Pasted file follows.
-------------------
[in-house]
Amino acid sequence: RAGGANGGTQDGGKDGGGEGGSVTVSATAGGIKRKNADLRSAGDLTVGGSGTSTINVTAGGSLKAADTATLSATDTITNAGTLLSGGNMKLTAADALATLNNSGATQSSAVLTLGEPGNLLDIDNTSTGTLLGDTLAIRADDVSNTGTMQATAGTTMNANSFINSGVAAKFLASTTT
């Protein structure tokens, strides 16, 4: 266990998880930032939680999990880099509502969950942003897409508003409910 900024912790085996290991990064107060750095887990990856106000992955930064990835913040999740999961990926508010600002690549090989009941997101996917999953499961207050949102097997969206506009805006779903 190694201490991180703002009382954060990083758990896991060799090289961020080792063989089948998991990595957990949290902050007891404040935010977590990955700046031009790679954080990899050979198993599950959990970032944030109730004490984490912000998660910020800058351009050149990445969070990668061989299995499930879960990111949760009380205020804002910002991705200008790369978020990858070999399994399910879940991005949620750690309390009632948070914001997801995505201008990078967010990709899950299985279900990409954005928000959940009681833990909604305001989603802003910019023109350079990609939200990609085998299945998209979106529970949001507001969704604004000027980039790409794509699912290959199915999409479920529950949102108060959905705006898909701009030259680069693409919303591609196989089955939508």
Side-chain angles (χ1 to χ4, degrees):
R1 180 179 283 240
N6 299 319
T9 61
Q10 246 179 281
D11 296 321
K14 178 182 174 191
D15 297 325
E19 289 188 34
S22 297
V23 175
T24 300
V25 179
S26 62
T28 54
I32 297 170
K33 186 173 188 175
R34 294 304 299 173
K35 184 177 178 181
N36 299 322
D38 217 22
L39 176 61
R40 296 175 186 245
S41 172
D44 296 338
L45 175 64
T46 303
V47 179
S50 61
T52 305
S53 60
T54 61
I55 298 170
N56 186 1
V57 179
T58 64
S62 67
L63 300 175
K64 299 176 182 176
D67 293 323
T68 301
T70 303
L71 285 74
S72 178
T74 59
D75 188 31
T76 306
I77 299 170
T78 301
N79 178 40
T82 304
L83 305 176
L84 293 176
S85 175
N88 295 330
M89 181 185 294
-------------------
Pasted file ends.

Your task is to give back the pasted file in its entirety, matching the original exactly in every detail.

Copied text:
[in-house]
Amino acid sequence: RAGGANGGTQDGGKDGGGEGGSVTVSATAGGIKRKNADLRSAGDLTVGGSGTSTINVTAGGSLKAADTATLSATDTITNAGTLLSGGNMKLTAADALATLNNSGATQSSAVLTLGEPGNLLDIDNTSTGTLLGDTLAIRADDVSNTGTMQATAGTTMNANSFINSGVAAKFLASTTT
């Protein structure tokens, strides 16, 4: 266990998880930032939680999990880099509502969950942003897409508003409910 900024912790085996290991990064107060750095887990990856106000992955930064990835913040999740999961990926508010600002690549090989009941997101996917999953499961207050949102097997969206506009805006779903 190694201490991180703002009382954060990083758990896991060799090289961020080792063989089948998991990595957990949290902050007891404040935010977590990955700046031009790679954080990899050979198993599950959990970032944030109730004490984490912000998660910020800058351009050149990445969070990668061989299995499930879960990111949760009380205020804002910002991705200008790369978020990858070999399994399910879940991005949620750690309390009632948070914001997801995505201008990078967010990709899950299985279900990409954005928000959940009681833990909604305001989603802003910019023109350079990609939200990609085998299945998209979106529970949001507001969704604004000027980039790409794509699912290959199915999409479920529950949102108060959905705006898909701009030259680069693409919303591609196989089955939508």
Side-chain angles (χ1 to χ4, degrees):
R1 180 179 283 240
N6 299 319
T9 61
Q10 246 179 281
D11 296 321
K14 178 182 174 191
D15 297 325
E19 289 188 34
S22 297
V23 175
T24 300
V25 179
S26 62
T28 54
I32 297 170
K33 186 173 188 175
R34 294 304 299 173
K35 184 177 178 181
N36 299 322
D38 217 22
L39 176 61
R40 296 175 186 245
S41 172
D44 296 338
L45 175 64
T46 303
V47 179
S50 61
T52 305
S53 60
T54 61
I55 298 170
N56 186 1
V57 179
T58 64
S62 67
L63 300 175
K64 299 176 182 176
D67 293 323
T68 301
T70 303
L71 285 74
S72 178
T74 59
D75 188 31
T76 306
I77 299 170
T78 301
N79 178 40
T82 304
L83 305 176
L84 293 176
S85 175
N88 295 330
M89 181 185 294